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Nutrients (fertilizers) applied to croplands in the Mississippi River drainage basin often make their way into rivers and streams, and ultimately are discharged into the Gulk of Mexico. Fertilizers in the Gulf of Mexico increase the production of marine algae, thereby decreasing the oxygen content of coastal waterways. Massive algal blooms following wet season runoffs can cause severe hypoxia, threatening a wide variety of marine organisms, including commercial fisheries.

Compounds of nitrogen (such as nitrates) are one of the most important fertilizers used on croplands in the central United States. As a result, about 1 million metric tons of nitrate are carried into the Gulf of Mexico every year by streams draining the Mississippi River basin. This value of nitrate flux is about 3 times higher than the flux 30 years ago, corresponding to increasing use of fertilizers to boost or maintain crop yields.

In order to quantitatively evaluate the effect of agricultural practices on water quality, Goolsby et al (1999) made a comprehensive analysis of 42 sub-basins within the Mississippi-Atchafalaya drainage system. Individual interior basins range in size from 7000 km2 to 237,000 km2. Each basin was measured for the percentage of land in row crops (corn, soybeans and/or sorghum), which ranged from less than 0.1% to 74% (see data table). The concentration of nitrate in river water discharging from the "outlet" of each of these basins was also measured repeatedly (from 40 to 300 times), and the mean nitrate concentration was calculated (see data table). Concentrations are reported in milligrams of nitrate per liter of water (mg/L), which is essentially equivalent to parts per million (ppm). Concentrations range from near zero to almost 7 mg/L.

The graph shows a scatterplot of % cropland versus nitrate concentration. There is a clear overall positive correlation between these two values, suggesting that agricultural practices are, indeed, influencing the runoff of nitrates. One could try fitting both a linear and exponential model to these data and comparing the two. Must the best fit regression pass through the origin? What is the maximum possible value for nitrate concentration, as predicted by forward extrapolation of a regression model?

Interior basin # 24, the Kaskaskia River basin in Illinois, has an anomalously low nitrate concentration. One explanation is that algal blooms in the reservoirs behind two large dams on the Kaskaskia strip out nitrates, which are incorporated into bottom sediments when the algae die. Should more dams be built to trap nitrates? Interior basin #35, the St. Francis basin in Arkansas, is mostly planted in soybeans, a nitrogen fixer, which requires very little nitrogen from fertilizers.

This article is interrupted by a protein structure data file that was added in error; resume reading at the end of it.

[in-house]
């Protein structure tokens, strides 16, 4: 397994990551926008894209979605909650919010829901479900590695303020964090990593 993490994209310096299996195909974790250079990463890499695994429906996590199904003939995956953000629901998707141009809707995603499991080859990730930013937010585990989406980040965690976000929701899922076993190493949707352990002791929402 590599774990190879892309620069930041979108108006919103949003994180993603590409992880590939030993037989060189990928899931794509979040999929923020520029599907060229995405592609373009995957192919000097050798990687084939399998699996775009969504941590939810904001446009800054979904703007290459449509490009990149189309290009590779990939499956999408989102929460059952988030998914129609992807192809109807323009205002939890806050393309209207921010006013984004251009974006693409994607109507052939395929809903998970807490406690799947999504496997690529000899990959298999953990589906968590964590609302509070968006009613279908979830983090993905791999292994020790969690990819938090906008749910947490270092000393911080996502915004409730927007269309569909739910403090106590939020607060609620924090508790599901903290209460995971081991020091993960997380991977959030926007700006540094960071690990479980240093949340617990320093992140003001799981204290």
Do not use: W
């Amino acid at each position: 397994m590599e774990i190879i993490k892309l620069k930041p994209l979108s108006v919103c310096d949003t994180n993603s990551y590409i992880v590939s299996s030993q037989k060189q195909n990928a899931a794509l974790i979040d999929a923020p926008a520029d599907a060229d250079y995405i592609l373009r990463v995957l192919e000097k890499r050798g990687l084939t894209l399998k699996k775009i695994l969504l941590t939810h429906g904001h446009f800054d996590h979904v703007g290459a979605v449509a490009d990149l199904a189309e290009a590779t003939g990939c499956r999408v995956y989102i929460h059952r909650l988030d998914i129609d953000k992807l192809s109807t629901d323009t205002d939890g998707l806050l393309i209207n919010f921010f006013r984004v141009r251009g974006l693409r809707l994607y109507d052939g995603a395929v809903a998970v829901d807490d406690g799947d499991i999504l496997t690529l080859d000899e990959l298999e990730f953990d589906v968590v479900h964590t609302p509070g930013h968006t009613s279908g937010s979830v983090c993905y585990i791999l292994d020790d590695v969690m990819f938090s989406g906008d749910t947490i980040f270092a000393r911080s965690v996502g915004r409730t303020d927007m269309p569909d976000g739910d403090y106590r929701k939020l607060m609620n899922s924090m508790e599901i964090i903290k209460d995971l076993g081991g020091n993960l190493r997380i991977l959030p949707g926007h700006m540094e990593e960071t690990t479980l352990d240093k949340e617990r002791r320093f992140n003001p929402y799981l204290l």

Source:   Goolsby D. A. and 7 others (1999), Flux and Sources of Nutrients in the Mississippi-Atchafalaya River Basin: Topic 3 Report for the Integrated Assessment of Hypoxia in the Gulf of Mexico; NOAA Coastal Ocean Program Decision Analysis Series # 17, 130 pp.

NOAA's Coastal Ocean Program can be found at:   http://www.cop.noaa.gov

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 Percent row crops versus mean nitrate concentration in river, Mississippi River basins Goolsby et al (1999), NOAA Coastal Ocean Program Decision Analysis Series # 17 Basin # cropland nitrate (percentage) (mg/L) 1 2.5 0.647 2 1.3 1.062 3 14.3 1.432 4 0.5 0.579 5 45.6 3.561 6 46.6 3.938 7 1.5 0.927 8 53.6 2.549 9 4.1 0.357 10 3.1 0.245 11 4 0.148 12 56.6 4.186 13 4.5 0.180 14 6.3 0.520 15 8.9 0.514 16 43.8 3.486 17 70 4.670 18 65.3 4.989 19 57.2 4.225 20 73.9 6.665 21 62.4 4.243 22 54.2 4.257 23 63.6 4.123 24 56.8 0.830 25 0.1 0.047 26 0.1 0.072 27 0.1 0.290 28 0.2 0.214 29 0.2 0.815 30 14.6 0.227 31 10.9 1.057 32 17.5 0.702 33 23.3 0.775 34 11.8 0.324 35 34.6 0.203 36 7.2 0.254 37 5.5 0.517 38 1.6 0.443 39 15.1 0.399 40 3.7 0.139 41 2.2 0.128 42 1.7 0.168

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